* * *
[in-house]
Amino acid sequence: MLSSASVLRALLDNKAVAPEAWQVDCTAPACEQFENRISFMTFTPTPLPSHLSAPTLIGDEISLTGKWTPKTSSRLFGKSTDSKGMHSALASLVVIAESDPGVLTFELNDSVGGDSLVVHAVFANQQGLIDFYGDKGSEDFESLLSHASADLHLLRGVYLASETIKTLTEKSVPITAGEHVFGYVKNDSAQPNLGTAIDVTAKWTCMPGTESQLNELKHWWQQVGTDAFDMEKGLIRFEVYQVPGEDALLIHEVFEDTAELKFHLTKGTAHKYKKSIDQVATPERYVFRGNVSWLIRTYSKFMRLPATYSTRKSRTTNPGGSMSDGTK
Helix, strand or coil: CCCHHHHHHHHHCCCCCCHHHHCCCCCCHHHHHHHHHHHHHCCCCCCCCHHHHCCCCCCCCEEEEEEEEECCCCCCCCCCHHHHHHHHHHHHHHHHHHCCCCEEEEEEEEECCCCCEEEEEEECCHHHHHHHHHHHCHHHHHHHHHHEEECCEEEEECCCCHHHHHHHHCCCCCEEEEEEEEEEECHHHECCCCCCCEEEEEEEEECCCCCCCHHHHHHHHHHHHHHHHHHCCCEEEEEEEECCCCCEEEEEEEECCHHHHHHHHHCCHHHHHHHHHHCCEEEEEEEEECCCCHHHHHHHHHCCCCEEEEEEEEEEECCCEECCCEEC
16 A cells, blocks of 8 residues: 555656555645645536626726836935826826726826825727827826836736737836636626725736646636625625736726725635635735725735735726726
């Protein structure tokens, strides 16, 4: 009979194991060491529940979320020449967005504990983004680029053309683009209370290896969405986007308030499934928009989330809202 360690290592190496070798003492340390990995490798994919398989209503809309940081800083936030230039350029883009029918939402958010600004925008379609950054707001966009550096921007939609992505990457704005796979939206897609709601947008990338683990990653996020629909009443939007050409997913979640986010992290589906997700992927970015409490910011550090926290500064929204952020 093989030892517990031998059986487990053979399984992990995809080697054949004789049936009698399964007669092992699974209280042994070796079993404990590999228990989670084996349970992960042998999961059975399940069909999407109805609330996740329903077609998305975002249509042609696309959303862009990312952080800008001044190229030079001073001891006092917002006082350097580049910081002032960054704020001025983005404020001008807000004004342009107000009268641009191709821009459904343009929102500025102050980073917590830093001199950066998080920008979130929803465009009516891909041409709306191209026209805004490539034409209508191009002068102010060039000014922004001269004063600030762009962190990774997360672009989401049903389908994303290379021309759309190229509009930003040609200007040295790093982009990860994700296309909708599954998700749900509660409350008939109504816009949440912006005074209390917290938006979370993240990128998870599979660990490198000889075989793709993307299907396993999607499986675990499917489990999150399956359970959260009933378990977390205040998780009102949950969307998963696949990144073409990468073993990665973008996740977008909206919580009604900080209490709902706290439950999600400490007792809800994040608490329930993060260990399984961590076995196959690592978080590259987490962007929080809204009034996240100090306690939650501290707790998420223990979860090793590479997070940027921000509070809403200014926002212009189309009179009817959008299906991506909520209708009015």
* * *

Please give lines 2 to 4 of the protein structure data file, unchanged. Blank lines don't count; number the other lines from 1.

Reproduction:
Amino acid sequence: MLSSASVLRALLDNKAVAPEAWQVDCTAPACEQFENRISFMTFTPTPLPSHLSAPTLIGDEISLTGKWTPKTSSRLFGKSTDSKGMHSALASLVVIAESDPGVLTFELNDSVGGDSLVVHAVFANQQGLIDFYGDKGSEDFESLLSHASADLHLLRGVYLASETIKTLTEKSVPITAGEHVFGYVKNDSAQPNLGTAIDVTAKWTCMPGTESQLNELKHWWQQVGTDAFDMEKGLIRFEVYQVPGEDALLIHEVFEDTAELKFHLTKGTAHKYKKSIDQVATPERYVFRGNVSWLIRTYSKFMRLPATYSTRKSRTTNPGGSMSDGTK
Helix, strand or coil: CCCHHHHHHHHHCCCCCCHHHHCCCCCCHHHHHHHHHHHHHCCCCCCCCHHHHCCCCCCCCEEEEEEEEECCCCCCCCCCHHHHHHHHHHHHHHHHHHCCCCEEEEEEEEECCCCCEEEEEEECCHHHHHHHHHHHCHHHHHHHHHHEEECCEEEEECCCCHHHHHHHHCCCCCEEEEEEEEEEECHHHECCCCCCCEEEEEEEEECCCCCCCHHHHHHHHHHHHHHHHHHCCCEEEEEEEECCCCCEEEEEEEECCHHHHHHHHHCCHHHHHHHHHHCCEEEEEEEEECCCCHHHHHHHHHCCCCEEEEEEEEEEECCCEECCCEEC
16 A cells, blocks of 8 residues: 555656555645645536626726836935826826726826825727827826836736737836636626725736646636625625736726725635635735725735735726726